detailed opinion as to why it had entered summary judgment in the City’s favor, it can be presumed that the trial court considered and adopted the City’s reasoning that the taxpayers’ lawsuit was barred by res judicata. Subsequent to the trial court’s decision here, this court decided the appeal in Mallory, issuing an opinion that reversed the trial court’s decision in that case. See Mallory v. Cincinnati, 1st Dist. No. C-110563, 2012-Ohio-2861 (“the Mallory Appeal”). We held in the Mallory Appeal that the trial court did not have subjectmatter jurisdiction to determine the issues presented because there was no 3

OHIO FIRST DISTRICT COURT OF APPEALS

justiciable controversy between the parties. On remand, we instructed the trial court to dismiss the case. When a court lacks subject-matter jurisdiction to hear a case, any proclamation by that court is void. See Pratts v. Hurley, 102 Ohio St.3d 81, 2004Ohio-1980, 806 N.E.2d 992, ¶ 11. Thus, because the trial court in Mallory lacked subject-matter jurisdiction, its decision determining the issues in that case was void. Because its decision was void, the issues in Mallory had not been “litigated.” Therefore, the City’s argument that the doctrine of res judicata barred the taxpayers’ lawsuit here is untenable. Accordingly, the trial court erred in granting summary judgment in favor of the City. The assignment of error is sustained in part. With respect to the trial court’s denial of the taxpayers’ motion for summary judgment under Civ.R. 56(A), we cannot say that the trial court erred. Because the trial court erroneously granted summary judgment to the City on the basis of res judicata, the factual record and arguments pertaining to what the term “compensation” meant as set forth in the Charter was not fully developed below. Thus, given the record that was certified for our review under App.R. 9(A), we are unable to make any determination as to whether the mayor’s compensation, as set forth in the Charter, includes salary and fringe benefits or just salary. Because the taxpayers did not affirmatively demonstrate that there were no genuine issues of material fact with respect to their claim, we overrule the portion of the assignment of error that alleges the trial court erred in overruling their motion for summary judgment. See Capital Fin. Credit, LLC v. Mays, 191 Ohio App.3d 56, 2010-Ohio4423, 944 N.E.2d 1184, ¶ 5 (1st Dist.).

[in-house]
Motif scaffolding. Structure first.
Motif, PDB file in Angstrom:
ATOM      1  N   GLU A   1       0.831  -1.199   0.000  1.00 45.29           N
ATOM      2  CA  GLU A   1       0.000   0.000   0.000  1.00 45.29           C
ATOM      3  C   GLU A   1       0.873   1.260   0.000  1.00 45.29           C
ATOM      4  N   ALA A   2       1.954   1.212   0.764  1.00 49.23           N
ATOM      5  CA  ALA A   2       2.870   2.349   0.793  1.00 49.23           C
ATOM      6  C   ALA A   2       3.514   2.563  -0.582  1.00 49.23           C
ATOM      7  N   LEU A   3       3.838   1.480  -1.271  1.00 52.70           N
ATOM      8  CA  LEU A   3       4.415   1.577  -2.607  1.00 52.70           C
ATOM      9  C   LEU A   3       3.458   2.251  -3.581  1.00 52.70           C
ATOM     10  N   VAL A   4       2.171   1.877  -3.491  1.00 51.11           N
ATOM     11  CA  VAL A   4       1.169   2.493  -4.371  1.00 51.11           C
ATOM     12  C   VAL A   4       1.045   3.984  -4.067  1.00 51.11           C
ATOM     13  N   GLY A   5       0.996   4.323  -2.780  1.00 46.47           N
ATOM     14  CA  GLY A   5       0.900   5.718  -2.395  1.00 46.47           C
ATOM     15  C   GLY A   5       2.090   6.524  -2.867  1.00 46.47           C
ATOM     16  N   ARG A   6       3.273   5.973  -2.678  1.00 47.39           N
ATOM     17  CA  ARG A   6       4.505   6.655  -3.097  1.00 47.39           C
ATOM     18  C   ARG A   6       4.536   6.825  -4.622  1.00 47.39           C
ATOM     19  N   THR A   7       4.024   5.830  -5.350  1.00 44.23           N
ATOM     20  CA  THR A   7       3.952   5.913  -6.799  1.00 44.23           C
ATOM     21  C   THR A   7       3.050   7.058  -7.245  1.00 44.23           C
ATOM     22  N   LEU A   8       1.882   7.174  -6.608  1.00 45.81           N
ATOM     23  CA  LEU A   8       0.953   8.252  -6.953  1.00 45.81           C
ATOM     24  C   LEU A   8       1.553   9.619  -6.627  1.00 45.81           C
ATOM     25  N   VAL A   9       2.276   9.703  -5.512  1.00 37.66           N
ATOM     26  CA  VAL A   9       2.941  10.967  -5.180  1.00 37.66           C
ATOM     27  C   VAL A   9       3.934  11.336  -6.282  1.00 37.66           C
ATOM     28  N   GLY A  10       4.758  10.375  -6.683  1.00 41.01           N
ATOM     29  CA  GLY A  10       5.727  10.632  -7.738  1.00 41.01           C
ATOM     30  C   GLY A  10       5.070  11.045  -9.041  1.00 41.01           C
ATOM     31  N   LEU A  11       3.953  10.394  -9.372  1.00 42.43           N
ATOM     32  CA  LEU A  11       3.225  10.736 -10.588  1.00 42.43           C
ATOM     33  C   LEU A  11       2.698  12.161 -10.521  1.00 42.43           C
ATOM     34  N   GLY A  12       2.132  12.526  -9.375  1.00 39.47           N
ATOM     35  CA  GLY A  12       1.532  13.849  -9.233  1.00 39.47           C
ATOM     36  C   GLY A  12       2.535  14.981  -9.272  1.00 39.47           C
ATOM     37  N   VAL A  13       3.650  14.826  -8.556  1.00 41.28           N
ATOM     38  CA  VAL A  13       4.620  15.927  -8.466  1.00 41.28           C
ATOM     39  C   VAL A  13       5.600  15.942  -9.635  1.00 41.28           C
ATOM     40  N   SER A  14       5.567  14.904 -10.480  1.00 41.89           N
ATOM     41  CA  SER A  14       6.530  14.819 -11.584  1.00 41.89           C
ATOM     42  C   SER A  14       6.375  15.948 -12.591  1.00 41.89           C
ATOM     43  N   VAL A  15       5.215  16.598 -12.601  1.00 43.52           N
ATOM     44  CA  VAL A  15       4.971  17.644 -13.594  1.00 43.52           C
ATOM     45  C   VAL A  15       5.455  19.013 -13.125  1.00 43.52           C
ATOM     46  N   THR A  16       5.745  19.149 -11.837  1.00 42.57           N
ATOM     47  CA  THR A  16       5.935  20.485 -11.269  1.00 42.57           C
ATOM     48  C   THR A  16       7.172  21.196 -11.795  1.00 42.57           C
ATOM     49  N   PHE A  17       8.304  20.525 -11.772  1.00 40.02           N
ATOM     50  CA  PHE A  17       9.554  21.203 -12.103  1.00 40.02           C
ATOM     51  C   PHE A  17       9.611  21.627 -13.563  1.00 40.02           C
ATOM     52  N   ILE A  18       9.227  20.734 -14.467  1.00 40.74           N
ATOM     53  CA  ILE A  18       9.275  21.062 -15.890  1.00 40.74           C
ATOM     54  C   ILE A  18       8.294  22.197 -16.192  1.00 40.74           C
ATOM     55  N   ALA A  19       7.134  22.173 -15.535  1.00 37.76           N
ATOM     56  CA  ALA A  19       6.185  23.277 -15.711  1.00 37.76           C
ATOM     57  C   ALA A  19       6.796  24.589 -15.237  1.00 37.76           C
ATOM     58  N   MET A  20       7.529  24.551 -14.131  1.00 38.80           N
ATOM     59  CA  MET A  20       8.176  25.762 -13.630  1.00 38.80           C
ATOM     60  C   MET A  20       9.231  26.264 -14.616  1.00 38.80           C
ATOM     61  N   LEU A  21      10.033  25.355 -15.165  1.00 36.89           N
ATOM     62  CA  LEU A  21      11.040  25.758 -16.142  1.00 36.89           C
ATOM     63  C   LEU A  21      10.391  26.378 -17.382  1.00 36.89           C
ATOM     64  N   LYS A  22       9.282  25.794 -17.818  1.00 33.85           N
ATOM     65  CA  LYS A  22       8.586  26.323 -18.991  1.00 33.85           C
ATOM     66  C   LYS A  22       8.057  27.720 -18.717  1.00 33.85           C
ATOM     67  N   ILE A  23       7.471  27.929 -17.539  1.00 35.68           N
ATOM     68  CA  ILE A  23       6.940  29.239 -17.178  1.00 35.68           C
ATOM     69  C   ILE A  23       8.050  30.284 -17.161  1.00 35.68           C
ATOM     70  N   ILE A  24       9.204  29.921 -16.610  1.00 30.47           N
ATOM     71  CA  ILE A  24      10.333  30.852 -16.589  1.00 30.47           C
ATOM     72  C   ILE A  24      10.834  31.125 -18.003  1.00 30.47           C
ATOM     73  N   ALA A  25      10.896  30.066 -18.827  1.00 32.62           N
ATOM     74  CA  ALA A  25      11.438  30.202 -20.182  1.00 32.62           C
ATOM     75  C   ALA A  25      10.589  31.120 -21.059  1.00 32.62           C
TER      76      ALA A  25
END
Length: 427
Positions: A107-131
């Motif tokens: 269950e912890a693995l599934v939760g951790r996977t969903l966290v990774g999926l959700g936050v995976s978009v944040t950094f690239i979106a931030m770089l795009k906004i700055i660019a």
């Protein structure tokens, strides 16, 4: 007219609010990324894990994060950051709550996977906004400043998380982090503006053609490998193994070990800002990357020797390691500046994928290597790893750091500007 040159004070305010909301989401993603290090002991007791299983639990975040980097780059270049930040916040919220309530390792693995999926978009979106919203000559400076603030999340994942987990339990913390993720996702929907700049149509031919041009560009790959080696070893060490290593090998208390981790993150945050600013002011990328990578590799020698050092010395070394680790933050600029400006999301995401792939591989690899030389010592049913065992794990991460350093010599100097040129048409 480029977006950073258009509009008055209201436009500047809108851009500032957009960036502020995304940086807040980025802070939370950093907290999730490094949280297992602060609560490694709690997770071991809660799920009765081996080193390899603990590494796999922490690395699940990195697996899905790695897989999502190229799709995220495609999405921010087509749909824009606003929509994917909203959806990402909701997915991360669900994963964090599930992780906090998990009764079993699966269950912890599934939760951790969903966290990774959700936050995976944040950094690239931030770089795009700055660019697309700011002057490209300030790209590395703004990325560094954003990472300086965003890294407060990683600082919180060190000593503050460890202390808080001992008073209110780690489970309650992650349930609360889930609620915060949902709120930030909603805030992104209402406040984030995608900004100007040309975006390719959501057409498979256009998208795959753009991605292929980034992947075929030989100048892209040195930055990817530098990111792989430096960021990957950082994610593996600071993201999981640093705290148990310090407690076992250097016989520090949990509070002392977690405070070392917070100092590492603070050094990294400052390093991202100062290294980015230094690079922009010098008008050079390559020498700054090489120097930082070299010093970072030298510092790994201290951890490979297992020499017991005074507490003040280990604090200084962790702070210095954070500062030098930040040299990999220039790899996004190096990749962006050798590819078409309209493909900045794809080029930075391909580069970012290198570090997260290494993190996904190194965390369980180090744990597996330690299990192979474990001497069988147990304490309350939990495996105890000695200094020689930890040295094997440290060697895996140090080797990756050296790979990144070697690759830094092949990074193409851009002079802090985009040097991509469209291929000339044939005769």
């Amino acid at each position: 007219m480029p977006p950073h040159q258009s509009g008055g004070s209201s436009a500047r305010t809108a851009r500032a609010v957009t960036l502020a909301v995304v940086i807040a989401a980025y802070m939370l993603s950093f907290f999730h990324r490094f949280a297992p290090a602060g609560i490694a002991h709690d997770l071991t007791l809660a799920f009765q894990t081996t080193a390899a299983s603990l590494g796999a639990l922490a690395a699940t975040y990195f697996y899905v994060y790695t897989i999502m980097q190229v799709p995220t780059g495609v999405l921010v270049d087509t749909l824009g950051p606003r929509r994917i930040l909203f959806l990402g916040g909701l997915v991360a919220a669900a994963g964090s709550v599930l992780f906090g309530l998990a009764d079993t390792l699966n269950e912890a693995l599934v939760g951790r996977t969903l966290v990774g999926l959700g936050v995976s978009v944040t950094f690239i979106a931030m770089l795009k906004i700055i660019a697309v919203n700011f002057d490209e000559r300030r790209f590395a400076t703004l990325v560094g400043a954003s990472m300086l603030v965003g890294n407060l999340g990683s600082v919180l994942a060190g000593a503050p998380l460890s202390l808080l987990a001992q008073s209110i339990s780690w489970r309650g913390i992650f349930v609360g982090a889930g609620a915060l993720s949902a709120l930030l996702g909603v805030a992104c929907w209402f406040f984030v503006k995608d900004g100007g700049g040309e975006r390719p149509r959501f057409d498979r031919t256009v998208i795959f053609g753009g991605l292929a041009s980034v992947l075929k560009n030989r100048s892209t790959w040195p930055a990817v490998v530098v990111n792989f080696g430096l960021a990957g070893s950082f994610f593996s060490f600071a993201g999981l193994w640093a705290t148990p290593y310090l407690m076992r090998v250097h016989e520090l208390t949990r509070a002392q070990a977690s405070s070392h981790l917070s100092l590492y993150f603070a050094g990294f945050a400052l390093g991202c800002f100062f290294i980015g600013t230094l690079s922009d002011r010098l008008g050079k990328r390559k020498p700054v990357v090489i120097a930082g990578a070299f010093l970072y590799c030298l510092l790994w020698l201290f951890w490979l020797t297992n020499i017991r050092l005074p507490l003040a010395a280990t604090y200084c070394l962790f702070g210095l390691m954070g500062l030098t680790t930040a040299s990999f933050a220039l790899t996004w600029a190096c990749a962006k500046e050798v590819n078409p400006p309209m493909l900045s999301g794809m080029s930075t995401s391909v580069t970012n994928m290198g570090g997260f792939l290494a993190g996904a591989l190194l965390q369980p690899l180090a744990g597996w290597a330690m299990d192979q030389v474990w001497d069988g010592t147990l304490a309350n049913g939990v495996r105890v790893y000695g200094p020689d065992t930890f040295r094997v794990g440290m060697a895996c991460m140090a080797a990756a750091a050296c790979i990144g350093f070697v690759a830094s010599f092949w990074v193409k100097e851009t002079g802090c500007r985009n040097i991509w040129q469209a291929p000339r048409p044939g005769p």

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Accordingly, we reverse the trial court’s judgment in part, and affirm it in part, and we remand this matter for further proceedings consistent with this judgment entry and the law. Further, a certified copy of this judgment entry shall be sent to the trial court under App.R. 27. Costs shall be taxed under App.R. 24. HILDEBRANDT, P.J., DINKELACKER and FISCHER, JJ. To the clerk: Enter upon the journal of the court on April 19, 2013 per order of the court ____________________________. Presiding Judge